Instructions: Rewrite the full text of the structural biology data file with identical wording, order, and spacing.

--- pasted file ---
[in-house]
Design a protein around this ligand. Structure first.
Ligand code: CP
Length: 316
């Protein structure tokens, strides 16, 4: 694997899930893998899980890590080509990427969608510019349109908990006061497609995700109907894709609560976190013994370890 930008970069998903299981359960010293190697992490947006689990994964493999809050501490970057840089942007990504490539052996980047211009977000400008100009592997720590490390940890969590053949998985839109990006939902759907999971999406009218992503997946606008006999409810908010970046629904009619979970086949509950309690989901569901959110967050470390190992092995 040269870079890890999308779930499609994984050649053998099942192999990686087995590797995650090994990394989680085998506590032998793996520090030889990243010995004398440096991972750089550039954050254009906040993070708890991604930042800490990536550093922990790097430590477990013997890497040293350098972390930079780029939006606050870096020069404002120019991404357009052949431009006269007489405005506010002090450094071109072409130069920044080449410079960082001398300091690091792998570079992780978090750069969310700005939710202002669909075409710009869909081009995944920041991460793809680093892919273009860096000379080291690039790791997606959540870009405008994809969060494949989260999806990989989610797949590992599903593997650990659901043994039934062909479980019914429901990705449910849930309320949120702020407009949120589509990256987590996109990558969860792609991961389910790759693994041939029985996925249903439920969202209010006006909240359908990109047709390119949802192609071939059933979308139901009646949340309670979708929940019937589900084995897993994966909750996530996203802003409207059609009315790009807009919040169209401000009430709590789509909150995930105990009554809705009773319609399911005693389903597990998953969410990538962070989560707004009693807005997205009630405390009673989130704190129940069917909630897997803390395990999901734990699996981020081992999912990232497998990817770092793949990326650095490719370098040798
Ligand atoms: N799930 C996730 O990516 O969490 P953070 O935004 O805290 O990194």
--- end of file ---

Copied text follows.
[in-house]
Design a protein around this ligand. Structure first.
Ligand code: CP
Length: 316
């Protein structure tokens, strides 16, 4: 694997899930893998899980890590080509990427969608510019349109908990006061497609995700109907894709609560976190013994370890 930008970069998903299981359960010293190697992490947006689990994964493999809050501490970057840089942007990504490539052996980047211009977000400008100009592997720590490390940890969590053949998985839109990006939902759907999971999406009218992503997946606008006999409810908010970046629904009619979970086949509950309690989901569901959110967050470390190992092995 040269870079890890999308779930499609994984050649053998099942192999990686087995590797995650090994990394989680085998506590032998793996520090030889990243010995004398440096991972750089550039954050254009906040993070708890991604930042800490990536550093922990790097430590477990013997890497040293350098972390930079780029939006606050870096020069404002120019991404357009052949431009006269007489405005506010002090450094071109072409130069920044080449410079960082001398300091690091792998570079992780978090750069969310700005939710202002669909075409710009869909081009995944920041991460793809680093892919273009860096000379080291690039790791997606959540870009405008994809969060494949989260999806990989989610797949590992599903593997650990659901043994039934062909479980019914429901990705449910849930309320949120702020407009949120589509990256987590996109990558969860792609991961389910790759693994041939029985996925249903439920969202209010006006909240359908990109047709390119949802192609071939059933979308139901009646949340309670979708929940019937589900084995897993994966909750996530996203802003409207059609009315790009807009919040169209401000009430709590789509909150995930105990009554809705009773319609399911005693389903597990998953969410990538962070989560707004009693807005997205009630405390009673989130704190129940069917909630897997803390395990999901734990699996981020081992999912990232497998990817770092793949990326650095490719370098040798
Ligand atoms: N799930 C996730 O990516 O969490 P953070 O935004 O805290 O990194």